At the end of each tender, a guaranteed price is thus defined, and the selected candidates benefit from a contract for difference which guarantees them a stable remuneration equal to the “guaranteed price”, for a period of 7 years. During this period, if the guaranteed price is higher than the market price, the winner will receive the difference. If not, he will pay the difference into a dedicated fund.

Candidates undertake in return to make part of their capacity available during peak days known as PP2 (capacity market).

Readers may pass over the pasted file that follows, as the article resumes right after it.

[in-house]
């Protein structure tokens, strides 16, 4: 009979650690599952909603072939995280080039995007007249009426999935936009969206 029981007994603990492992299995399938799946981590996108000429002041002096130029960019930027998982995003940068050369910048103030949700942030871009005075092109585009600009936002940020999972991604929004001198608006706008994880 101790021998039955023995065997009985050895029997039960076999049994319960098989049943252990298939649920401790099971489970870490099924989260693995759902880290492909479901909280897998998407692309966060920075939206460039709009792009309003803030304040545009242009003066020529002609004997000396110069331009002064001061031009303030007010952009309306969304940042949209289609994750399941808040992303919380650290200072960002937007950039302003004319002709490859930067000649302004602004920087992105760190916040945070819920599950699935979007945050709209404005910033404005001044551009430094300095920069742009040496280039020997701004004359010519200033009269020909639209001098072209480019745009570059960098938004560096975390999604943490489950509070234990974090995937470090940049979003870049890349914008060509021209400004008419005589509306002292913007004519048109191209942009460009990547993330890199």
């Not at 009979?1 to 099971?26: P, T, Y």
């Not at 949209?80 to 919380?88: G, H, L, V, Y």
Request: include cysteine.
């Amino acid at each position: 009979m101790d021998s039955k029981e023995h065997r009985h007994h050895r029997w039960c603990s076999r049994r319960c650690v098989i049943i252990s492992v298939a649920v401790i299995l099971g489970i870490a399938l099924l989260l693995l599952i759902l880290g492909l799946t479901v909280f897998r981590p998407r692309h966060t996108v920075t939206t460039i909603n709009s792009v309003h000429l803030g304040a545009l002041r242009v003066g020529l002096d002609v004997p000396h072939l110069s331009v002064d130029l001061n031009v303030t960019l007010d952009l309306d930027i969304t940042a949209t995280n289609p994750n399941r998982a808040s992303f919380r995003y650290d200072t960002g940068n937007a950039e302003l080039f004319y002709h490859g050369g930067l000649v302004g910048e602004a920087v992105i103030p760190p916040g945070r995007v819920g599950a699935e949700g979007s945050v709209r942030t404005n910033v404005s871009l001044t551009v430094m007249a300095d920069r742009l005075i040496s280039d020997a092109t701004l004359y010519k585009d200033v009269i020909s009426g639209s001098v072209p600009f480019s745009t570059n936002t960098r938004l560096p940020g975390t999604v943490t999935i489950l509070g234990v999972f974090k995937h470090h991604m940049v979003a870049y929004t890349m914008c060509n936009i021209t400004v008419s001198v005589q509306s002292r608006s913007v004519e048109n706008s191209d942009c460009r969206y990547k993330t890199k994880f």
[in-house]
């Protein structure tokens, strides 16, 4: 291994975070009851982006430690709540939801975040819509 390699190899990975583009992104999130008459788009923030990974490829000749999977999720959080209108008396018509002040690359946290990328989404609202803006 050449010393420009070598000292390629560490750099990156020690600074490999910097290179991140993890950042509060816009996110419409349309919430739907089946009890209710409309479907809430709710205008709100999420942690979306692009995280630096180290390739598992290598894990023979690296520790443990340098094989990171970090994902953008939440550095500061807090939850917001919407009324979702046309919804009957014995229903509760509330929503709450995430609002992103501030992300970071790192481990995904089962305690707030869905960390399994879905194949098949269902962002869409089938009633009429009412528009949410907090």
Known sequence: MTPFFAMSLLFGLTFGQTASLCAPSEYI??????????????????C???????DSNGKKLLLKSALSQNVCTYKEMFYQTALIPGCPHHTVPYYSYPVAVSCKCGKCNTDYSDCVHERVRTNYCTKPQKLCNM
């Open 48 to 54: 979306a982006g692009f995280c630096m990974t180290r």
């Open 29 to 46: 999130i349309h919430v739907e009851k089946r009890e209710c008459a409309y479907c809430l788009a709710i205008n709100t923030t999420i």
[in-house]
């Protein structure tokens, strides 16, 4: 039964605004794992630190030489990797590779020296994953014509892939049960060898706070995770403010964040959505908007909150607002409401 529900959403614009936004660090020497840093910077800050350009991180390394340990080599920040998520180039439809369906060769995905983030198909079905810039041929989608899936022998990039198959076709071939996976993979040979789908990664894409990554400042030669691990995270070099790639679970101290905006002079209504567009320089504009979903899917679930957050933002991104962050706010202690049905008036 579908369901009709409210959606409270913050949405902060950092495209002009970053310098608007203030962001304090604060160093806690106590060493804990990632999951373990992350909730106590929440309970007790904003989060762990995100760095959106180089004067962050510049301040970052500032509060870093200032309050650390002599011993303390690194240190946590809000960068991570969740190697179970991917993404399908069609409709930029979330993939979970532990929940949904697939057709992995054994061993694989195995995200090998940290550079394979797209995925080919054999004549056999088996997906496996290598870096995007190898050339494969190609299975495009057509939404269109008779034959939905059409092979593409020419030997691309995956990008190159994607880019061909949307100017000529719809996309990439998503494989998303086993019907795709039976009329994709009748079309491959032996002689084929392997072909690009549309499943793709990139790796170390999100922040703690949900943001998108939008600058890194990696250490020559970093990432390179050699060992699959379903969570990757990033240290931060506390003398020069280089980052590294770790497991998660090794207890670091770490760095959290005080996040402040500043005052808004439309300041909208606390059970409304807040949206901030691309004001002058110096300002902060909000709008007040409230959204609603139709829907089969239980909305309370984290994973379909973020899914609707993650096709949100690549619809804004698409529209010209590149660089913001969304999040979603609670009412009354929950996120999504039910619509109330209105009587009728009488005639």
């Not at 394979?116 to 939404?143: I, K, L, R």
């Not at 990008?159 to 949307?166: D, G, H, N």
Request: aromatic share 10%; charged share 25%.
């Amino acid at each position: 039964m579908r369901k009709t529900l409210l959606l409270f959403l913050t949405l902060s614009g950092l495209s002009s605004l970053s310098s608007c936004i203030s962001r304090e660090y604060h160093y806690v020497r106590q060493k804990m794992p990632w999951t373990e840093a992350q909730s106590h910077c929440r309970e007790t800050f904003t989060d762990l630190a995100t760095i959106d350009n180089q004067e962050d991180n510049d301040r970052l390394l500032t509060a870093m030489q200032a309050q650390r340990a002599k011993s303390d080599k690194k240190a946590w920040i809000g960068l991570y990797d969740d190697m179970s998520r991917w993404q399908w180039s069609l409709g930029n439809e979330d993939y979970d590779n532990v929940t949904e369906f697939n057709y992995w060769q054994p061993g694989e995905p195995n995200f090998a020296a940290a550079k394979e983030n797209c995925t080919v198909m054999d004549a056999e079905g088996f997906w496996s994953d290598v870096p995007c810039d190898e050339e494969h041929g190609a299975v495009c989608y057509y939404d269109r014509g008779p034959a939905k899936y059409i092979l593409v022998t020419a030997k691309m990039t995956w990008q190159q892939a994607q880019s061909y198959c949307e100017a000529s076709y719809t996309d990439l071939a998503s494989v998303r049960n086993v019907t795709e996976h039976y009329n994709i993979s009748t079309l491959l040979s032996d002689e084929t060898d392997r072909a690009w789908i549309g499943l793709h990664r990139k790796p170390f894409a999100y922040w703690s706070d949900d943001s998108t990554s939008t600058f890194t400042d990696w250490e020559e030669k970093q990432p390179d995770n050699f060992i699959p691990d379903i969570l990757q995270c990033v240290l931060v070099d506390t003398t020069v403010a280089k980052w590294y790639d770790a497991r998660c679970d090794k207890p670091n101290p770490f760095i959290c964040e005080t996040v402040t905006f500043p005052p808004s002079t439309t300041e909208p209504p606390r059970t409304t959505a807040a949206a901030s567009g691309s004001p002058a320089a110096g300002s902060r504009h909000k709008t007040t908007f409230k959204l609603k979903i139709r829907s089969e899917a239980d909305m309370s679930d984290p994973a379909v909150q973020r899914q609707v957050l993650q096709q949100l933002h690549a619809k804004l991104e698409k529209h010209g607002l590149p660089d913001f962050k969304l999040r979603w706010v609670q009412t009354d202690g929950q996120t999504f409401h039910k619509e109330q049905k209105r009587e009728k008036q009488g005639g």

Article L. 352-1-1 of the Energy Code defines the storage categories for which these calls can be organized: electric power pumping stations (STEP), batteries and hydrogen. Other types of storage are possible on a case-by-case basis.

Storage of renewable energy

Like any technology, renewable energy storage involves human activity, equipment manufacturing, and the release of carbon emissions. in any case, theecological impact it can be mastered, especially by developing recycling channels that recycle the waste produced. Especially since storage systems also have advantages: they generate little noise pollution and take up little space.

It remains to democratize the current technologies, the rise of renewable energies that raises needs in terms of storage. Many innovations are emerging to optimize this storage.